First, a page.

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Health Place. 2009 Jun;15(2):496-504. doi: 10.1016/j.healthplace.2008.08.010. Epub 2008 Sep 27.

Neighbourhood walkability and its particular importance for adults with a preference for passive transport.

Author information

1
Fund for Scientific Research Flanders (FWO), Belgium. Electronic address: delfien.vandyck@ugent.be.
2
Fund for Scientific Research Flanders (FWO), Belgium.
3
Faculty of Medicine and Health Sciences, Department of Movement and Sports Sciences, Ghent University, Watersportlaan 2, B-9000 Ghent, Belgium.

Abstract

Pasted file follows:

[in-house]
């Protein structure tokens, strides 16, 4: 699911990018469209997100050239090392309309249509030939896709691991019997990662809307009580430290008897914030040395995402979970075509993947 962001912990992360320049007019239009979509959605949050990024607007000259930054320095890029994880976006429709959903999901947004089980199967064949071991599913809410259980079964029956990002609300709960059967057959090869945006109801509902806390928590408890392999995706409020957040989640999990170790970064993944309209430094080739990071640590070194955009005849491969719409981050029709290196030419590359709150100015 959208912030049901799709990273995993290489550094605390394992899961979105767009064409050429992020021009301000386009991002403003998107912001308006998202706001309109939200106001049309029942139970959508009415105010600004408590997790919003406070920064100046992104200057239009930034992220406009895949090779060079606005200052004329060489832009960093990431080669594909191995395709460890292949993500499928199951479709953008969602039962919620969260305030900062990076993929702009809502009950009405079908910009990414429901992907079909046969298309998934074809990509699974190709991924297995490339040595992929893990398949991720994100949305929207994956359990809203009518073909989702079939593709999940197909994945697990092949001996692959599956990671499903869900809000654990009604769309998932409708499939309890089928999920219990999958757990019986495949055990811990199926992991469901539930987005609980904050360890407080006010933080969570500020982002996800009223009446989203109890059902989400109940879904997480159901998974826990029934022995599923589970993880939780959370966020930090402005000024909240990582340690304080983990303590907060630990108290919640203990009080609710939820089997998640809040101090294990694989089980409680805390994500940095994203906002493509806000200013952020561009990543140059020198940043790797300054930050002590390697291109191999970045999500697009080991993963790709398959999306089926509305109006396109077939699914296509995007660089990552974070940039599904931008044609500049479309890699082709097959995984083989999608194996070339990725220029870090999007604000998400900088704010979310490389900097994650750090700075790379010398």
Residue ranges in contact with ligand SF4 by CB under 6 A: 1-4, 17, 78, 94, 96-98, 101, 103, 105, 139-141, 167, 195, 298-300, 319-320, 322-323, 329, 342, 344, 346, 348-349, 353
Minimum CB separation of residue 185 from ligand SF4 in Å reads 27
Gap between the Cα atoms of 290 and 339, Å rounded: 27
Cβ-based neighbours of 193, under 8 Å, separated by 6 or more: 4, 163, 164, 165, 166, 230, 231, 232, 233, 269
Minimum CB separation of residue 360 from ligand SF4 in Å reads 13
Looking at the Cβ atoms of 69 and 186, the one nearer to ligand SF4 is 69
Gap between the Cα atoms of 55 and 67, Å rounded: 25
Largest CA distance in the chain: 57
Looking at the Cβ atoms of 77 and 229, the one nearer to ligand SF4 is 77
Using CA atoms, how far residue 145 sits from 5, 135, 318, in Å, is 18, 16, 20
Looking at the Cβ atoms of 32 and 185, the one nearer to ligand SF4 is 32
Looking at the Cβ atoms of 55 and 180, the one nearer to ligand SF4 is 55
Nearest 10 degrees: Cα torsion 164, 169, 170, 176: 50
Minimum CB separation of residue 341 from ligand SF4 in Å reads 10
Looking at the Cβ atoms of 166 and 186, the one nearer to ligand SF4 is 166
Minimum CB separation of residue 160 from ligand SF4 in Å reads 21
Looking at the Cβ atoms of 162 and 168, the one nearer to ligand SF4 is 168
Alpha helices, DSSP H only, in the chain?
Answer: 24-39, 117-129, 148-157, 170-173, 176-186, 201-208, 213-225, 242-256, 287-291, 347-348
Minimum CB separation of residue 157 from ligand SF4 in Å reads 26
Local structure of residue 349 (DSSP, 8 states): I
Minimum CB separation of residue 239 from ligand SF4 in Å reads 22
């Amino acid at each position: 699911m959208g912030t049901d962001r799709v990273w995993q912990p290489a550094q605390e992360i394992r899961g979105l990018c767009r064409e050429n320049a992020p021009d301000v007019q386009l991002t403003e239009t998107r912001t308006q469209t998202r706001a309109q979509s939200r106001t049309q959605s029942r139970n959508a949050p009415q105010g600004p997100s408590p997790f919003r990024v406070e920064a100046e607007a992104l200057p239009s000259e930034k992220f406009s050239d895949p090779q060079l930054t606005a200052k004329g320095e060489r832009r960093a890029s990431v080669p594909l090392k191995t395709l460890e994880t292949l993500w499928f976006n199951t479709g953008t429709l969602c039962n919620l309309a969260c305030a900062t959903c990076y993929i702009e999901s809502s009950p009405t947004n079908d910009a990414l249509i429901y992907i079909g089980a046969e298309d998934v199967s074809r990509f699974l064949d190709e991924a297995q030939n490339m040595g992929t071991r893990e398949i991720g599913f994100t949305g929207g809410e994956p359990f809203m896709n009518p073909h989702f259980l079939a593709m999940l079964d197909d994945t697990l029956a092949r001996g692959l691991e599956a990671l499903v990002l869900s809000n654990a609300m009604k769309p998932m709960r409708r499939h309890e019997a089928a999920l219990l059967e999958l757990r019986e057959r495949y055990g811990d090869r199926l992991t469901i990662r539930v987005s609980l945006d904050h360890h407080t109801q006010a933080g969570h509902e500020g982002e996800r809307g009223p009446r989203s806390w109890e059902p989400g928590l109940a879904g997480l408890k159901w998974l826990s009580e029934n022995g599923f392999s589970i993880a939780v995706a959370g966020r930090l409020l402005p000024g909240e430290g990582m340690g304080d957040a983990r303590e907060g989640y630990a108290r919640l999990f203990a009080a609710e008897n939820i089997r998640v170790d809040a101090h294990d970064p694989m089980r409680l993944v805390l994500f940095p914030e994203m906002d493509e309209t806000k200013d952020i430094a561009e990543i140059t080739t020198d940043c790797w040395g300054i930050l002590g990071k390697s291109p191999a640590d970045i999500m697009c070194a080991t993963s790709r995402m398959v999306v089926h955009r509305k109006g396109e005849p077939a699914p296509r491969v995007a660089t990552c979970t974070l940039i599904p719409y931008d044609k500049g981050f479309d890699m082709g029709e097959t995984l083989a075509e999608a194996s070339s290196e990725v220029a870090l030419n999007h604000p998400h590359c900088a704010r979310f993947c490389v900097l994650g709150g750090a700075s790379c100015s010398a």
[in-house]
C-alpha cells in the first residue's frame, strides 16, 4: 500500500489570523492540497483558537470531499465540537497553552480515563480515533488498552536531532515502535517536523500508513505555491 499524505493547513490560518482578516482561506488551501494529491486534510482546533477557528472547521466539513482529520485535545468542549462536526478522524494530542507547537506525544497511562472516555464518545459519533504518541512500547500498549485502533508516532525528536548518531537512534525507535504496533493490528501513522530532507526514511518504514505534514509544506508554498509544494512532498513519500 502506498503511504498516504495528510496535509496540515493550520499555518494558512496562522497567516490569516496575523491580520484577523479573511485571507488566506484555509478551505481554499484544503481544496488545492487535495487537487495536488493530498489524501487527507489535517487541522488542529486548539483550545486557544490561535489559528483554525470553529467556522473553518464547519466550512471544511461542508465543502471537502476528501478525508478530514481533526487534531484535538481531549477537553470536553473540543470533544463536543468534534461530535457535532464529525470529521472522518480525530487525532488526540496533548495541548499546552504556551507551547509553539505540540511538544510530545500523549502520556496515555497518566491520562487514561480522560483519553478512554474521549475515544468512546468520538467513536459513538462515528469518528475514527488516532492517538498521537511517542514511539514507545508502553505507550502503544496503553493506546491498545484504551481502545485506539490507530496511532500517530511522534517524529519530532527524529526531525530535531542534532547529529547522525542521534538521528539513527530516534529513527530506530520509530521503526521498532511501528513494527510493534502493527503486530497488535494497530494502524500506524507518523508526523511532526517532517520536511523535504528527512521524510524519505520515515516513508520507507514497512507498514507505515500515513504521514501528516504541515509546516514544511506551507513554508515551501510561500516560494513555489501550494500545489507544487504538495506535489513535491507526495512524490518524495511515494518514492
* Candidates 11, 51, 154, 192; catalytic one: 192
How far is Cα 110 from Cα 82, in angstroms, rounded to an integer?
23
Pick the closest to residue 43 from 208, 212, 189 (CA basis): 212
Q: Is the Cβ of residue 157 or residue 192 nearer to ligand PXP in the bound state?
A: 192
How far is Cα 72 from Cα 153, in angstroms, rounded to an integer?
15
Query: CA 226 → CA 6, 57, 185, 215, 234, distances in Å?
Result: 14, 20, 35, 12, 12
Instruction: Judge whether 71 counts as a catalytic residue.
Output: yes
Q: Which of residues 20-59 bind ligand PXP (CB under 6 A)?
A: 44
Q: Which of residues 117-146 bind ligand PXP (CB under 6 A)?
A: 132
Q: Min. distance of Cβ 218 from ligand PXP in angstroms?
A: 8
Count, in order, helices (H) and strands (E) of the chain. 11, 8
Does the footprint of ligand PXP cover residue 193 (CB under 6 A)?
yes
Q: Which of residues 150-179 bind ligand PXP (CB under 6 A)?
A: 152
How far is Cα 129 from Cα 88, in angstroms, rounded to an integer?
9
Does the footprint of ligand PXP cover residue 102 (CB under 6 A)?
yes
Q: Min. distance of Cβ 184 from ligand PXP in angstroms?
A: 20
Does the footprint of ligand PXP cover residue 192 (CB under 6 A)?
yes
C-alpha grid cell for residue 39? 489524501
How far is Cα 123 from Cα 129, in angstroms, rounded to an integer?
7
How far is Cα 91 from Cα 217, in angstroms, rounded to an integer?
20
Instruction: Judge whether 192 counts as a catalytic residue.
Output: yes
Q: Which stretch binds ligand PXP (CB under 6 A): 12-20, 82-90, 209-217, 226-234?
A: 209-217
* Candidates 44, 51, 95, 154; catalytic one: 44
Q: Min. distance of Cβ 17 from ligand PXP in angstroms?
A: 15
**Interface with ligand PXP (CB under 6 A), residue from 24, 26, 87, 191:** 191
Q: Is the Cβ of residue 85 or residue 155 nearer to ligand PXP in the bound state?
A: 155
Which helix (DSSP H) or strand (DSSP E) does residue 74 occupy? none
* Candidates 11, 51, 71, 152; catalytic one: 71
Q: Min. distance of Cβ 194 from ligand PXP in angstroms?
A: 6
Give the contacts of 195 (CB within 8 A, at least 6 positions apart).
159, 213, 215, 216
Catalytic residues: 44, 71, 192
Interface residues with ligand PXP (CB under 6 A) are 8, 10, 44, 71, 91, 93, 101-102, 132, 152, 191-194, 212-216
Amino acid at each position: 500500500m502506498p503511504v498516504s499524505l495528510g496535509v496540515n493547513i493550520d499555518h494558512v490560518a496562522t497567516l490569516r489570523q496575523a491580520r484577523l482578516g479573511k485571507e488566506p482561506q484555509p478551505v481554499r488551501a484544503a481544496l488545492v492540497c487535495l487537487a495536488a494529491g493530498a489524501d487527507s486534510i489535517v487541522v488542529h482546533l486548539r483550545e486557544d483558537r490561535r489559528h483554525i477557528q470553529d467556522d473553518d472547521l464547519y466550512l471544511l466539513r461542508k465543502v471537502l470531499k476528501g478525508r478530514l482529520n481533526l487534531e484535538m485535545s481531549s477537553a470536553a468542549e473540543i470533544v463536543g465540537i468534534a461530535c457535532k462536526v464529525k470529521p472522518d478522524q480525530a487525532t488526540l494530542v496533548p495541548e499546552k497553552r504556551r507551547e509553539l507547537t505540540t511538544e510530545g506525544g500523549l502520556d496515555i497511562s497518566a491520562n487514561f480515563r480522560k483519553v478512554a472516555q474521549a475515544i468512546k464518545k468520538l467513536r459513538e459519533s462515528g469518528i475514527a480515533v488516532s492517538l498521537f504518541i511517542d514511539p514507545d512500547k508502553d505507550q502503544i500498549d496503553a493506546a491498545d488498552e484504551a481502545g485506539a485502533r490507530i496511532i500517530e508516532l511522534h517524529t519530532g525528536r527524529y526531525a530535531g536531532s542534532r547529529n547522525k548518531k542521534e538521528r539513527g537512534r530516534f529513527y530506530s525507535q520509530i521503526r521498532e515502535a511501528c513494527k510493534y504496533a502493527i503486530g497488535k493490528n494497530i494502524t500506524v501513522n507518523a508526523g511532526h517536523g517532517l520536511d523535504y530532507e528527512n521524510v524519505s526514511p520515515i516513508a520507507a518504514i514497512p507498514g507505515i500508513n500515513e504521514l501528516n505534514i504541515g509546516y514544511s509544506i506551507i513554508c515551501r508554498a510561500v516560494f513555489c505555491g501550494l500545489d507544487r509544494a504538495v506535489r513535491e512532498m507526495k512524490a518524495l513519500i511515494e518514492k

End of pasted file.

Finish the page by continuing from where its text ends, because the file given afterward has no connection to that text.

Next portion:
In this study, differences in physical activity between adults living in high versus low walkable neighbourhoods were examined. In Sint-Niklaas, Belgium, neighbourhood walkability was defined by geographical map data and observations. One high walkable and one low walkable neighbourhood were selected. A sample of 120 adults between 20 and 65 years old, agreed to participate in the study and wore a pedometer for seven days. Self-reported physical activity and psychosocial data were collected. Results showed that residents of the high walkable neighbourhood took more steps/day and walked more for transport in their neighbourhood. Further analyses showed that living in a high walkable neighbourhood was associated with taking more steps, especially in adults with a preference for passive transport and/or a low intention to walk or cycle. In a health promotion context, these results are very promising.

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